1
Comment #17 by Anonymous posted on
Anonymous
Banks have lots of arcane rules; sometimes they are arbitrary, often they are because of a lot of "gotchas" in regulations that the bank rules are designed to comply with (even though no one but the lawyers understand the reasons).  So the poor bank employees are stuck following them rigidly.  It would be nice if the banks could come up with standardized policies instead of each one having its own rules. 

That said, there's a lot they do that's just plain wrong.  For example, in New York State (unlike most states), Letters Testamentary (court papers authorizing an executor to act on behalf of the estate) are valid for six months.  But banks, virtually without exception, hold to a sixty day limit (the norm in most states).  Most financial institutions, banks or otherwise, have this policy.  Power of Attorney (legal representative)?  I've had banks refuse it, saying that an invalid must come physically to the bank to open/close an account.  Wrong, wrong, wrong.

Have people's ability to communicate clearly and unambiguously declined?  I have no doubt of that.  But that's just as true for the bank reps as for the customers.  I was an estate executor and worked with a number of financial institutions, giving them virtually identical instructions.  Some were terrific, others quite painful (Capital One comes to mind).  Some of that was institutional - the way different financial institutions were set up to handle the process.  Some of it was individual - one could find a great, helpful person at the same place that one found an employee who did nothing but obstruct. 

So I agree in varying degrees with all the responses - there's a clear communications issue.  From anecdotal evidence, it's not clear whether that's an institutional problem with Discover, or even whether Discover or the customer, or both, were not communicating clearly.   The best thing to do is to get the bank's disclosure statement before even opening the account (to know their rules and limitations), to use their forms when conducting business with them, and to include the information enumerated by Ken in his bullet items.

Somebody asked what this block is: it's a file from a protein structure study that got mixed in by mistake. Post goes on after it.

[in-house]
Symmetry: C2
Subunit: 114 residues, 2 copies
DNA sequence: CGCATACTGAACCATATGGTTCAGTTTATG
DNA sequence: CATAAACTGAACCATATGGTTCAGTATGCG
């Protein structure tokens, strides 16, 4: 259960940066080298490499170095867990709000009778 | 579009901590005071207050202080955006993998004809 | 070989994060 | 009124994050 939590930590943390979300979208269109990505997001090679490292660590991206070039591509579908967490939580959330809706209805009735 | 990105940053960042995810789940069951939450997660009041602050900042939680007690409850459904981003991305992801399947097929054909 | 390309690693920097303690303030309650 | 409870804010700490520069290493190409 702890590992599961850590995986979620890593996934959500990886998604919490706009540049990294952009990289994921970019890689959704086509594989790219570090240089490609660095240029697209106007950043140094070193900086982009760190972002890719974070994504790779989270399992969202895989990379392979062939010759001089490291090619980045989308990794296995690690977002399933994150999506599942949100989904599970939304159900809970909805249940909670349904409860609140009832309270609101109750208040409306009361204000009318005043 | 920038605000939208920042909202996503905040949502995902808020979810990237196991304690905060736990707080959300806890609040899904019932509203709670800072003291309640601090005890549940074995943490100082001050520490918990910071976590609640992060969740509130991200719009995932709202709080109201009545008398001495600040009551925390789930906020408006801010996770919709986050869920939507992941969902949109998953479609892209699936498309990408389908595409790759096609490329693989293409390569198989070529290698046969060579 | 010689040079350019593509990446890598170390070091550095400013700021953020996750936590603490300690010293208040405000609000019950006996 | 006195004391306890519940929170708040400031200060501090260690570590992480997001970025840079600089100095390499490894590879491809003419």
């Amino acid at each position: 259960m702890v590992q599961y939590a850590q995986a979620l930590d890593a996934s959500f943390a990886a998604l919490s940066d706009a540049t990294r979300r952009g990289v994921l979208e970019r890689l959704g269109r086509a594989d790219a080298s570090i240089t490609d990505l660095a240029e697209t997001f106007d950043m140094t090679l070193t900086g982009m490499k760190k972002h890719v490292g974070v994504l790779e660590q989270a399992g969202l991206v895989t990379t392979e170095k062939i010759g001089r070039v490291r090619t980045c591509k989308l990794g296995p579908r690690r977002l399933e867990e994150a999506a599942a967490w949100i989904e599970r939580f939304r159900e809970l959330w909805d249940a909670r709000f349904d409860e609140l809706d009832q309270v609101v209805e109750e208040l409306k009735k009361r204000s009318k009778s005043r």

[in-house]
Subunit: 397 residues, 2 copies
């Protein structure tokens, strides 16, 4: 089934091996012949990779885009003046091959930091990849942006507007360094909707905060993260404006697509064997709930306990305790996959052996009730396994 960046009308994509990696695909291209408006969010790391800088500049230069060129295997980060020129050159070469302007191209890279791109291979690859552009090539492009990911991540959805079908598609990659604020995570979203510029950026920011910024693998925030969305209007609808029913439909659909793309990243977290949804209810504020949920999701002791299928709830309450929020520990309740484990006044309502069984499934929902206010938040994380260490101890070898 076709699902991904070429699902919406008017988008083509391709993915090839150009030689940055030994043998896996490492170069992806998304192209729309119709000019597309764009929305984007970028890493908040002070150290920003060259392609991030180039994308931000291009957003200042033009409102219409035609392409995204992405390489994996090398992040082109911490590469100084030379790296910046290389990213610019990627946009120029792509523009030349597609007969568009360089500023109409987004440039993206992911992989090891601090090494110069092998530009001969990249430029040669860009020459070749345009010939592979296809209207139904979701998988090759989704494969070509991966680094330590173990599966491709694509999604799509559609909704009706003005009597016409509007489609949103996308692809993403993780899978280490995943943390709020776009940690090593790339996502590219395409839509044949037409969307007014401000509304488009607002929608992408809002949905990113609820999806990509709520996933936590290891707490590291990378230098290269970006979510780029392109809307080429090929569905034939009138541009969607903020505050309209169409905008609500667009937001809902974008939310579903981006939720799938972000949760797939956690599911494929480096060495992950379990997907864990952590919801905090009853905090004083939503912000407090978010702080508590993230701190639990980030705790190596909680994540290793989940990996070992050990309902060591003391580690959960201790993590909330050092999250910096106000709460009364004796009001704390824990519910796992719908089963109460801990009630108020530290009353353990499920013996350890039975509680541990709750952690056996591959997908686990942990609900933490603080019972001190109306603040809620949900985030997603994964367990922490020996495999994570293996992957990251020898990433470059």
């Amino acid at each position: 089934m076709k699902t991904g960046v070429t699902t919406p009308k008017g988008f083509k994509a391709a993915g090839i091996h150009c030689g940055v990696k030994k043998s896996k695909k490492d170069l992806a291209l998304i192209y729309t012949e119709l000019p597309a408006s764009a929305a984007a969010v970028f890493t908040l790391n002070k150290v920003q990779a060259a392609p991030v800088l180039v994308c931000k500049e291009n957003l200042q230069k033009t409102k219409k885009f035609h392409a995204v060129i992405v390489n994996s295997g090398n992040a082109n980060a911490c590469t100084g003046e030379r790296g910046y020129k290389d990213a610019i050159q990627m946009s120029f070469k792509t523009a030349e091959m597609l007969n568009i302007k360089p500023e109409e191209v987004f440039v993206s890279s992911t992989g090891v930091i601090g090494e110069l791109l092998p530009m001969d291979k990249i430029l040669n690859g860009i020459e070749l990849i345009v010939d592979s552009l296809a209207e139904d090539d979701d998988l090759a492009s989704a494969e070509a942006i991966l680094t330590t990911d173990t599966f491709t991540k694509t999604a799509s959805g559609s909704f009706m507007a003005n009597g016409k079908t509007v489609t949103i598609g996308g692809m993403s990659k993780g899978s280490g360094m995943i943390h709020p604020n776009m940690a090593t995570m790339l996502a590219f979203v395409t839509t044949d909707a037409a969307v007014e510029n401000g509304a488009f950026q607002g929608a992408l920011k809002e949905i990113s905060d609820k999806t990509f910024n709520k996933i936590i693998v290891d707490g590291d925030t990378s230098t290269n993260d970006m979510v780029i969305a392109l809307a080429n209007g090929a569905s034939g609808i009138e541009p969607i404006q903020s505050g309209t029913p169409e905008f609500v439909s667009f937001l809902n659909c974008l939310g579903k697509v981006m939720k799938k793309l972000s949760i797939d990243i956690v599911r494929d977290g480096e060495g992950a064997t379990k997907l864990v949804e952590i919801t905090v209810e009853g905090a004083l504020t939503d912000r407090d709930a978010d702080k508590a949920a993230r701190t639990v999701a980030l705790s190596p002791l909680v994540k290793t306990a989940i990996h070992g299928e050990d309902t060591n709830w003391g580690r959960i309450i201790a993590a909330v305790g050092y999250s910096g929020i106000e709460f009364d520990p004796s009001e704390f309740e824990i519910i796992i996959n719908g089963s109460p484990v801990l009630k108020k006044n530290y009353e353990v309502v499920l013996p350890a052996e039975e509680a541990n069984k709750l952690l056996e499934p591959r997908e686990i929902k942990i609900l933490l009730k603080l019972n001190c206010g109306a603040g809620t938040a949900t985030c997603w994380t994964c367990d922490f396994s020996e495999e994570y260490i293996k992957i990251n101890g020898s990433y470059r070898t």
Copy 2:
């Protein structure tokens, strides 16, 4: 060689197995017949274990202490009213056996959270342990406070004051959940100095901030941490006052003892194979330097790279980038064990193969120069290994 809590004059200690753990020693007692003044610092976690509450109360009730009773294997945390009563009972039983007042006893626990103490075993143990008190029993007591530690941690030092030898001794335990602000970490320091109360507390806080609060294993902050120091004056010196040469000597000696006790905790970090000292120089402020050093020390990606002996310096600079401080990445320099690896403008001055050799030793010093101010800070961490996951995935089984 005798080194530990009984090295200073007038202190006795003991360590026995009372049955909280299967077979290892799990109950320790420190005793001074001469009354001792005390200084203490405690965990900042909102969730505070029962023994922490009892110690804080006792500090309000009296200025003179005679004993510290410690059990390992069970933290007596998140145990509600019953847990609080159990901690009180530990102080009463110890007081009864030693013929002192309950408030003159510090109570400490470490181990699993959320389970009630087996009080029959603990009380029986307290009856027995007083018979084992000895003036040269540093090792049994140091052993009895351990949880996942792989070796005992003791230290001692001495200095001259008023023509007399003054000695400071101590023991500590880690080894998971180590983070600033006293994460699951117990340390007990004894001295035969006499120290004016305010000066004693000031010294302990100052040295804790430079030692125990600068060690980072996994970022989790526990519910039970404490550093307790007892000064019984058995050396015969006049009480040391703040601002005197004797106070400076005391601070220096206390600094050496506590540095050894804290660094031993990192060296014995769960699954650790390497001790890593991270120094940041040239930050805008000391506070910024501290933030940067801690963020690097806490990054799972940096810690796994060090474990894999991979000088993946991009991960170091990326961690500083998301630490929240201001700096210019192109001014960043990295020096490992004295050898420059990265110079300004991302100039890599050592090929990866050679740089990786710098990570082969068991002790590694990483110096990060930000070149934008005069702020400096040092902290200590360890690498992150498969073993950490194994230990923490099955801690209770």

4
Comment #18 by Anonymous posted on
Anonymous
It may be a good idea to return the form banks provide for your instuctions about a maturing cd.( keep a copy)  I had two nightmare experiences closing cd's.  One with Wachovia the check did not arrive for 11/2 months.  Repeated phone calls, letters ect.  The story was " the check is in the mail" First Citizens was another. If the bank doesn't provide a form you can do your own ( above) remember the funny business about weekends. holidays,etc.  Give yourself enough time.

1
Comment #19 by Saver posted on
Saver
Timely article because I have had a problem with two Discover CDs in the past week. 

In the first case, the funds for the Roth IRA were not received by the other bank.  Discover put a stop payment on the check and sent a second check overnight.

While I was communicating with Discover about this CD, I asked them if the funds for the second CD had been sent out yet.  They said that they had not received the paperwork from the other bank.  The ten day maturity period was supposed to expire that day (Memorial Day), but they extended it by an additional day so that the forms could be faxed to them.

I don't know if the responsibility for both mistakes lies with Discover Bank or the other bank, but at least Discover Bank did its best to rectify the problems.  It does pay to be on top of the situation with both institutions to make sure that the paperwork has been sent and received and then ditto for the funds.

1
Comment #20 by Anonymous posted on
Anonymous
Most of the restrictions on closing CDs at any institution are for our protection. One should not be able to do $100K transactions using only phone calls!

2
Comment #21 by Anonymous posted on
Anonymous